The first letter I ever did myself the honor of writing to your Excellency on the subject of this land, and to which I beg leave to refer, contained a kind of historical account of our claim; but as there requires nothing more to elucidate a right, than to offer a candid exhibition of the case, supported by facts, I shall beg leave to refer your Lordship to an order of Council, of the 18th of February, 1754, and to Governor Dinwiddie’s proclamation, which issued consequent thereupon, both of which are enclosed; and then add, that these troops not only enlisted agreeably to the proclamation, but behaved so much to the satisfaction of the country, as to be honored with the most public acknowledgments of it in their legislative capacity. Would it not be hard, then, my Lord, to deprive men under these circumstances, (or their representatives,) of the just reward of their toils? Was not this act of the Governor and Council offered to, and accepted by the soldiery, as an absolute compact between them? And though the exigency of affairs, or the policy of government, made it necessary to continue these lands in a dormant state for some time, ought not their claim to be considered, when the causes cease, in preference to all others? We fain would hope so. We flatter ourselves, that in this point of view it will also appear to your Lordship, and that, by your kind interposition, and favorable representation of the case, his Majesty will be graciously pleased to confirm this land to us, agreeably to a petition presented to your Excellency in Council the 15th of last December; with this difference only, that, instead of Sandy Creek (one of the places allotted for the location of our grant, and which we now certainly know will not be comprehended within the ministerial line, as it is called), we may be allowed to lay a part of our grant between the west boundary of Pennsylvania and the river Ohio, which will be expressly agreeable to the words of Governor Dinwiddie’s proclamation, inasmuch as it is contiguous to the Fork of Monongahela. This favor, my Lord, would be conferring a singular obligation on men, most of whom, either in their persons or fortunes, have suffered in the cause of their country; few of them benefited by the service; and it cannot fail to receive the thanks of a grateful body of men, but of none more warmly than of your Lordship’s most obedient and humble servant.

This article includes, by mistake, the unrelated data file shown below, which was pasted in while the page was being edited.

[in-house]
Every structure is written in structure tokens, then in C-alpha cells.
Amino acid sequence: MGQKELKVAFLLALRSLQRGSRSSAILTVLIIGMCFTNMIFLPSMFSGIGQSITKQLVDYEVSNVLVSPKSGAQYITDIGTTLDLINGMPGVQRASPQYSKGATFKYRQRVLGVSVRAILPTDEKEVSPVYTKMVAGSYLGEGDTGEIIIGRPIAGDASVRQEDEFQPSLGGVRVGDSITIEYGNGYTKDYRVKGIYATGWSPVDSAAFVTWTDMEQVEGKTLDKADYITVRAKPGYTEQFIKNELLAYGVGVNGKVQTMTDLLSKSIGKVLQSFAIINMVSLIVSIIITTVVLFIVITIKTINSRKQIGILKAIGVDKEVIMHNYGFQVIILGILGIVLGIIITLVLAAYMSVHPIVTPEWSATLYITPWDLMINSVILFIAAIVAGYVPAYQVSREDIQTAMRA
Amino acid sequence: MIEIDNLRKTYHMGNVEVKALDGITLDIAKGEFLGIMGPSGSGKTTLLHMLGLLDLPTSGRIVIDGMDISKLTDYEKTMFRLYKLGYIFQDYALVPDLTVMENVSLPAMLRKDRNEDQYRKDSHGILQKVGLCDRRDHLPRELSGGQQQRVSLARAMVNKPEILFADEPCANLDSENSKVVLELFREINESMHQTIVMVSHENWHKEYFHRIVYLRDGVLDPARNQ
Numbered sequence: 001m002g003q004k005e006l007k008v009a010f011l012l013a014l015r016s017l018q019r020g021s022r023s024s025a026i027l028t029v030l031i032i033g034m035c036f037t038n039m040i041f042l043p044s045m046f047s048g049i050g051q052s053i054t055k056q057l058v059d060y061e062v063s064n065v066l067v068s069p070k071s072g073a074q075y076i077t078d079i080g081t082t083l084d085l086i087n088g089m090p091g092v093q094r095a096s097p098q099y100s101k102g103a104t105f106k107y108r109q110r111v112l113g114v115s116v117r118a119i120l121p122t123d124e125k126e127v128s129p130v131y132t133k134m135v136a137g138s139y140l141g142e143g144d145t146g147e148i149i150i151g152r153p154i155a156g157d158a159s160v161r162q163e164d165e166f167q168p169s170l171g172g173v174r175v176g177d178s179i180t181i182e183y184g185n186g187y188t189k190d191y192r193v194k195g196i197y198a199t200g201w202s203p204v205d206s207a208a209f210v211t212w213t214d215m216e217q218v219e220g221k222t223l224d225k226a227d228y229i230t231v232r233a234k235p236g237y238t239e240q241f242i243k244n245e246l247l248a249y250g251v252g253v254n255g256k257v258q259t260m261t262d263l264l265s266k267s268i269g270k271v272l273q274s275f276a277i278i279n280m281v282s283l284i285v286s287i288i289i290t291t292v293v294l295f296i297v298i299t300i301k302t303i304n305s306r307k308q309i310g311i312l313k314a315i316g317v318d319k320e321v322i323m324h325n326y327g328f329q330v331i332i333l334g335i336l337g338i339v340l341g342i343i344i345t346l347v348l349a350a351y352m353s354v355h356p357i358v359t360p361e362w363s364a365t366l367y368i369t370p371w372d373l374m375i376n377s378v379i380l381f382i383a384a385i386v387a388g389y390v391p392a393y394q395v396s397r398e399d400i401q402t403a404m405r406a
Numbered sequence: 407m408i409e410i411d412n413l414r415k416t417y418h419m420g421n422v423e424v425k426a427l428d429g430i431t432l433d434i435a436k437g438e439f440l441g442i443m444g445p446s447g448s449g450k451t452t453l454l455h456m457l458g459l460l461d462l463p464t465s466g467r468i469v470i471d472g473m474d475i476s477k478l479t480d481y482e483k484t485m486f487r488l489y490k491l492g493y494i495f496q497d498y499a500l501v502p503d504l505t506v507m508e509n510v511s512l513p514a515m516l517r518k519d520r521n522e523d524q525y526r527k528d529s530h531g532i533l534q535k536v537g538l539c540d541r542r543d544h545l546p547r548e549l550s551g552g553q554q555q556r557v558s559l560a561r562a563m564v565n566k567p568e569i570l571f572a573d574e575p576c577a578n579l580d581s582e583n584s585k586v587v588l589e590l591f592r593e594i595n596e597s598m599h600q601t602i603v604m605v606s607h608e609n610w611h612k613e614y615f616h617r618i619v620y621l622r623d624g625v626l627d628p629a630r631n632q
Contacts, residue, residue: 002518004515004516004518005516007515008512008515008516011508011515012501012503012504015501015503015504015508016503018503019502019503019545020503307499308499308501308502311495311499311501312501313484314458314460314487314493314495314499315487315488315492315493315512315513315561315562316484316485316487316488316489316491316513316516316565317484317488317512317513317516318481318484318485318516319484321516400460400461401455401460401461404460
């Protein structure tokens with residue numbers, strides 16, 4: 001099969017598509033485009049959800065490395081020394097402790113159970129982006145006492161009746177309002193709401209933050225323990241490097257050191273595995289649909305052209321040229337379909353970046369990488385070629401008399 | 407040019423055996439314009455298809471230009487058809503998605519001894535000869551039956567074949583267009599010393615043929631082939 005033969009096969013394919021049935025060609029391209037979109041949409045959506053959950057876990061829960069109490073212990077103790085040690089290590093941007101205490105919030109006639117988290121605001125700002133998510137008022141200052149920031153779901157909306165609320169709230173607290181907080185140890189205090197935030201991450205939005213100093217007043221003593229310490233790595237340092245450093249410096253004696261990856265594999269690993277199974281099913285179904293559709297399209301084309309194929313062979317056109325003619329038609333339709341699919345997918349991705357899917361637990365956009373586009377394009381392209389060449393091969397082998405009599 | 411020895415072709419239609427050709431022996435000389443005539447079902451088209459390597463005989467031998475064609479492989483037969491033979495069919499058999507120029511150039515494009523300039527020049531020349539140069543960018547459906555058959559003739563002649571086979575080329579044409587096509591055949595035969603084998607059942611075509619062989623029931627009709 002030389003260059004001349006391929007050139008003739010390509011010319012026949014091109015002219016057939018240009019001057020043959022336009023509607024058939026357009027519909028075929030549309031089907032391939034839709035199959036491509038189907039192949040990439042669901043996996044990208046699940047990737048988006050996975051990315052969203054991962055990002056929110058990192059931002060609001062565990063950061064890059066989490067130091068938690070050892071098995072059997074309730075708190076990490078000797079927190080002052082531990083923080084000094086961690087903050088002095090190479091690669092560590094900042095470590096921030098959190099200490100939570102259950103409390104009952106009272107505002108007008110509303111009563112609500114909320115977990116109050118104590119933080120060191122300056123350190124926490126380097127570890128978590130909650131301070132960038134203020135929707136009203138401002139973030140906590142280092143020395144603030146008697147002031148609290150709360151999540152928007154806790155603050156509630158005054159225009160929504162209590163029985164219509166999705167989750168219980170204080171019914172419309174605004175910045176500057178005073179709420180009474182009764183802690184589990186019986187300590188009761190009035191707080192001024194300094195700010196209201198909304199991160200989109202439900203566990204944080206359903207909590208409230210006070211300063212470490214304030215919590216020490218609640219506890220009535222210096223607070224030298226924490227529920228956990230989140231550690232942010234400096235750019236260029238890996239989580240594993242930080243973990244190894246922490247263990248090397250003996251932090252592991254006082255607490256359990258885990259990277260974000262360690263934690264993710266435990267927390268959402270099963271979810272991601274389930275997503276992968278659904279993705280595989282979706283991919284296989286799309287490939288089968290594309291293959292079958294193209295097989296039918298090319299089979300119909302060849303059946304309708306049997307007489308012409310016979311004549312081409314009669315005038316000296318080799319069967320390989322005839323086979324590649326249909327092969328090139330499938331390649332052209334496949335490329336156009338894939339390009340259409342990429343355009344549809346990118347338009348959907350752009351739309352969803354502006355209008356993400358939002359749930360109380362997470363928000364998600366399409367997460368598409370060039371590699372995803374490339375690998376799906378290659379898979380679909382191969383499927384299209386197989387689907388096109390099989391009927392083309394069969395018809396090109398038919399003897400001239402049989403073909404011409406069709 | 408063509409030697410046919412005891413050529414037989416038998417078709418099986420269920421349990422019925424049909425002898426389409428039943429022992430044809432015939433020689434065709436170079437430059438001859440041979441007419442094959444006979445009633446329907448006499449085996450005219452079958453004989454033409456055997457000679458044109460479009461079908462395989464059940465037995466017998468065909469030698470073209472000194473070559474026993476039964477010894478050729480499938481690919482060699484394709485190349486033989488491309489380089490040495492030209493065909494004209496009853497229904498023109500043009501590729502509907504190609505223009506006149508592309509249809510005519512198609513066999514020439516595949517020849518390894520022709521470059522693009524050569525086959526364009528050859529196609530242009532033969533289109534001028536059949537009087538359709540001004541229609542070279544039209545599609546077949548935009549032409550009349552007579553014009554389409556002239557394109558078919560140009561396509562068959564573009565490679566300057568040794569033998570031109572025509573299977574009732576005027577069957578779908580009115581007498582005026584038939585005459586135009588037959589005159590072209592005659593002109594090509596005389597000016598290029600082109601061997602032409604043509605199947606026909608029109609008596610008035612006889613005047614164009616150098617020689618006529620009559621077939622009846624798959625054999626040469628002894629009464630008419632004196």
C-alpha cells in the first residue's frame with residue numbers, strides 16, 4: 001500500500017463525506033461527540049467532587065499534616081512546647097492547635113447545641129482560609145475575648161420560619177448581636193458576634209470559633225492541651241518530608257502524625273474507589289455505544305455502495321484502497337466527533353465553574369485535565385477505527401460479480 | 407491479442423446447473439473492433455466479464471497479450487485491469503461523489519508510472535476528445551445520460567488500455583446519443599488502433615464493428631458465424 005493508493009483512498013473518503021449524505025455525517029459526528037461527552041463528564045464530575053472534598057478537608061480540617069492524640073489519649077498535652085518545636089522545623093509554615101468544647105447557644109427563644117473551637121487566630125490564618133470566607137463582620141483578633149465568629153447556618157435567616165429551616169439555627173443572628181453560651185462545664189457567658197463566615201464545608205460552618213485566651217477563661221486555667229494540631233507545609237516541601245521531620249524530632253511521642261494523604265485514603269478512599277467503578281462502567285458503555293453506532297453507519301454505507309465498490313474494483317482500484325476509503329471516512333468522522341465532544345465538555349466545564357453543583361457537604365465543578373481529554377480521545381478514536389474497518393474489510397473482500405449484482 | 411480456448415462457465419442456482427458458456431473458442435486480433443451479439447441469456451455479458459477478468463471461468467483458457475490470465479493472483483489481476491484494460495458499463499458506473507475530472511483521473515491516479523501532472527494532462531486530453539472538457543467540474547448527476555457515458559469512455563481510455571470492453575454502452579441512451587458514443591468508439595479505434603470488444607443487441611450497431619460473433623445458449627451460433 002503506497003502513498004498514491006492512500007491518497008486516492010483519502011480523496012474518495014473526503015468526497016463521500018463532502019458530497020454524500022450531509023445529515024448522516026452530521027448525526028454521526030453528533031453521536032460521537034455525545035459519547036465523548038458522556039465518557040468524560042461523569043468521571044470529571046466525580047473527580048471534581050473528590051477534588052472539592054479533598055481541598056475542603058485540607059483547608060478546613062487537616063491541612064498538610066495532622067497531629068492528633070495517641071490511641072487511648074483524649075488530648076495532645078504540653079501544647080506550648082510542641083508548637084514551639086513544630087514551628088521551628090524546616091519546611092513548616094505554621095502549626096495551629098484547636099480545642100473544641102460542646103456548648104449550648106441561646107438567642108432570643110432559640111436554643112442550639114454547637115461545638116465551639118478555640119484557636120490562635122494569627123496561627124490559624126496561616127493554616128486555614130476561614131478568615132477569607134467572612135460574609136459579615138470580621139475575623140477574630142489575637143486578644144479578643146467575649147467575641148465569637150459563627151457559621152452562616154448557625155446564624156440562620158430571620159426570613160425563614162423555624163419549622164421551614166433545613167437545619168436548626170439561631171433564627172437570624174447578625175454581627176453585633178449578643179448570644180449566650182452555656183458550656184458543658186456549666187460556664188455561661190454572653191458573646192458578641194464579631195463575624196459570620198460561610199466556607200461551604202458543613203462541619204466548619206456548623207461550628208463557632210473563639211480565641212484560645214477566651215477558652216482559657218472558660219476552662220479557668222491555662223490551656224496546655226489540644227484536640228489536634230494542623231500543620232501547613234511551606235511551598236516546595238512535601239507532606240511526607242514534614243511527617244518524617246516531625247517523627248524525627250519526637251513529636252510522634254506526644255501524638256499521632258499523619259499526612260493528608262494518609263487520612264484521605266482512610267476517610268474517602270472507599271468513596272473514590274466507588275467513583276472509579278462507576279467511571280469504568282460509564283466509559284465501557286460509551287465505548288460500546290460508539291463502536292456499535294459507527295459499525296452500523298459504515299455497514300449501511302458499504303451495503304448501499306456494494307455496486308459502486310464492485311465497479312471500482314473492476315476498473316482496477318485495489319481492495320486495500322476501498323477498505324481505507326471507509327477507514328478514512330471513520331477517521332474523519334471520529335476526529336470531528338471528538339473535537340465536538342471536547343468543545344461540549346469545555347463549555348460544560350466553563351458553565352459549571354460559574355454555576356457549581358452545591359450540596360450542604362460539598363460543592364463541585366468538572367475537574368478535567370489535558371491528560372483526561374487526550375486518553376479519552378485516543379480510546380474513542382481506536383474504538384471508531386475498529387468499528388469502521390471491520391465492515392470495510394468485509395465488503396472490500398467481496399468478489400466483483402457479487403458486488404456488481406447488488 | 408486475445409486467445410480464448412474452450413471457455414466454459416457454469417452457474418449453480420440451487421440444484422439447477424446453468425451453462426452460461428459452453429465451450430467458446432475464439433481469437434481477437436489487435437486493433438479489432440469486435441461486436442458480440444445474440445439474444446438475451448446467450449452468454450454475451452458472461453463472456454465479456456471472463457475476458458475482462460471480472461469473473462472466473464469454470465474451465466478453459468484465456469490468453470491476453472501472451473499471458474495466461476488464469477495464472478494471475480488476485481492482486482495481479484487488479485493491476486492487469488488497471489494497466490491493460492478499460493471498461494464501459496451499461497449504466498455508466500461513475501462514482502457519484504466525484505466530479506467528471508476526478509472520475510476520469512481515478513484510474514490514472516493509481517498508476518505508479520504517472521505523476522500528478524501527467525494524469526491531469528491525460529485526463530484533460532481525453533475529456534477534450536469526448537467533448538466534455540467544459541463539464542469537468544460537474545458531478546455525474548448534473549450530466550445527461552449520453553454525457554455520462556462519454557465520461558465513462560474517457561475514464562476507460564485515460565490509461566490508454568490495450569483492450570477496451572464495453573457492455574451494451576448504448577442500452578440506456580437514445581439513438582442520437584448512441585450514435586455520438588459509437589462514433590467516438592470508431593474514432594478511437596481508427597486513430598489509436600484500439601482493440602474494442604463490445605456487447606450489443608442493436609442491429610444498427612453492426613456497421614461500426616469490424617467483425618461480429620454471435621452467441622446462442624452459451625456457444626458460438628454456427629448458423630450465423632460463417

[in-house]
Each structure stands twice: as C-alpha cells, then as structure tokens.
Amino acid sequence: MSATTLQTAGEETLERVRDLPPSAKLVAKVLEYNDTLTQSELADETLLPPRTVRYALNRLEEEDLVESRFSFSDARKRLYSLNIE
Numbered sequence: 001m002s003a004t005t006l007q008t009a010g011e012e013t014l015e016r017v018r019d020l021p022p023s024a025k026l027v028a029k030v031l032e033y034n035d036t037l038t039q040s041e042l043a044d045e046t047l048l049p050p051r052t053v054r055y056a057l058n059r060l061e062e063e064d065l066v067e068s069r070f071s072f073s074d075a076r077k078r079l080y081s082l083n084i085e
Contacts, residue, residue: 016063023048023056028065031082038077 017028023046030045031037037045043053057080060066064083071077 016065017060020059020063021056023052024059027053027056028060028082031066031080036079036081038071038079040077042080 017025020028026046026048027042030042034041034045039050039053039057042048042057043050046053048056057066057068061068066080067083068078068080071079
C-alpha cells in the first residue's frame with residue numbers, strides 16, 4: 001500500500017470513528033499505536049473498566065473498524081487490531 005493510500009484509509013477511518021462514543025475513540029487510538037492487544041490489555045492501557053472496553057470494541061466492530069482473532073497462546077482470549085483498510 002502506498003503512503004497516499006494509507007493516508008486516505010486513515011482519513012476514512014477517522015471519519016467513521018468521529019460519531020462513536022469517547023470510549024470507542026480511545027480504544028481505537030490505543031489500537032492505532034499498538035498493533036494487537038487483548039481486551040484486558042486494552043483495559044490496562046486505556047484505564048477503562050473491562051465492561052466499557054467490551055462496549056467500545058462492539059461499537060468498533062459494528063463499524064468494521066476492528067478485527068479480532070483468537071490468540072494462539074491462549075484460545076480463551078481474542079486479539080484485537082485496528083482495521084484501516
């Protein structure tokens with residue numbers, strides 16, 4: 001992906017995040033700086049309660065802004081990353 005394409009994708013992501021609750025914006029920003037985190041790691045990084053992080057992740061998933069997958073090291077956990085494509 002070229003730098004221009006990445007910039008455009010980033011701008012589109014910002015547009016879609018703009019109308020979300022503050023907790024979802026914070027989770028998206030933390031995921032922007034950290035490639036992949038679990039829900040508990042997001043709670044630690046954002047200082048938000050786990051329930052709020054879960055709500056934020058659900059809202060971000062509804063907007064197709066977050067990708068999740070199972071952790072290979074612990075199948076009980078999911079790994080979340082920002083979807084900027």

[1 ]Norborne Berkeley, Baron de Botetourt, arrived in Virginia in October, 1769, being the first governor in chief who had come to reside in Virginia since Lord Culpeper. He died in October, 1770, respected by the colonists for his moderation and good judgment. Because he succeeded General Amherst, he drew down upon himself the shafts of Junius’ sarcasm. “When he calls Lord Boutetort (sic) the best of men, I suppose he means the best of courtiers. If bowing low and carrying the sword of state constitute merit and services, I confess there are few men to whom government is more indebted than to his lordship. . . . Let it be remembered that this courtier might have lived and died in obscurity if he had not forced himself into the public notice, by robbing another man of an appointment, expressly given him in reward for the most honorable national services.”